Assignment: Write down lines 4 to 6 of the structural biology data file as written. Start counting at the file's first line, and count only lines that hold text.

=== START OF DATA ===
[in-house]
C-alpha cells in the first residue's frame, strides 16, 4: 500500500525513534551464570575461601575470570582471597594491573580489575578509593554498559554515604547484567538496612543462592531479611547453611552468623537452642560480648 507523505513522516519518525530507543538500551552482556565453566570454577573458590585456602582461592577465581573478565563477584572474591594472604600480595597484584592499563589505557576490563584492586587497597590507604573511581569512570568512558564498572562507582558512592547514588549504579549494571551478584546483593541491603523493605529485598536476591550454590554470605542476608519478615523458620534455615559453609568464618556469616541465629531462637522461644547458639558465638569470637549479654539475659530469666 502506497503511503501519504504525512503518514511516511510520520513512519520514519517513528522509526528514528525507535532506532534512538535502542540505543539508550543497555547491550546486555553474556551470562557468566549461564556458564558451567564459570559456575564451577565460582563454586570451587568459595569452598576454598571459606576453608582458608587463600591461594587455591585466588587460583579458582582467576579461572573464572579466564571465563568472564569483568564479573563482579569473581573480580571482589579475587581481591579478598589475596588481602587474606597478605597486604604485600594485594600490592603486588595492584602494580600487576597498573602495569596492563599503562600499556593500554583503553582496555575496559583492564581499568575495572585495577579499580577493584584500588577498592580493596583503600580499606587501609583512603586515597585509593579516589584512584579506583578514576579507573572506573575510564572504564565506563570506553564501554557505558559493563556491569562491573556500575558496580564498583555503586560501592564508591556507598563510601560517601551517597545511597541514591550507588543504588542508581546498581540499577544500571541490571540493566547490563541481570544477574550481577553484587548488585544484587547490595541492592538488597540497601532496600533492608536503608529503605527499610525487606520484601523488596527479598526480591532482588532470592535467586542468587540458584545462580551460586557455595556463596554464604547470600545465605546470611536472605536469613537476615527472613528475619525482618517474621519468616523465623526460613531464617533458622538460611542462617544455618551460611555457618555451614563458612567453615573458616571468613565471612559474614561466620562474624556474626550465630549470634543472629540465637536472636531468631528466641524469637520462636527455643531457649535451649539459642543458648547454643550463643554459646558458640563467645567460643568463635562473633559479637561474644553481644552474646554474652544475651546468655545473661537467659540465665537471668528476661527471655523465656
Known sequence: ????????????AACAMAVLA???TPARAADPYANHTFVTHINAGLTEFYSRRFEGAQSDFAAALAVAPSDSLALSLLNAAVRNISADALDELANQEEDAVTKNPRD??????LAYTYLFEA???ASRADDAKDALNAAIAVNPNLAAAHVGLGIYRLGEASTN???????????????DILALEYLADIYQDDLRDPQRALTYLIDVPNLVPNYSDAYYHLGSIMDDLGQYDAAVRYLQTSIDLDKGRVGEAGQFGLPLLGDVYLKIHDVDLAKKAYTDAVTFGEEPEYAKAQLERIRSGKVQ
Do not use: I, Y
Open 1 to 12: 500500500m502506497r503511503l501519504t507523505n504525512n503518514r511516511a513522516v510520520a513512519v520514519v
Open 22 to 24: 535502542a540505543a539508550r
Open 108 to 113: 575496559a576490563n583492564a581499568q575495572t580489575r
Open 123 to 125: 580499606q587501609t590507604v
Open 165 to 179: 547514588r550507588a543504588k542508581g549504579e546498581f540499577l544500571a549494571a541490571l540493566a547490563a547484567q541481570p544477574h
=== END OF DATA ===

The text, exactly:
Do not use: I, Y
Open 1 to 12: 500500500m502506497r503511503l501519504t507523505n504525512n503518514r511516511a513522516v510520520a513512519v520514519v
Open 22 to 24: 535502542a540505543a539508550r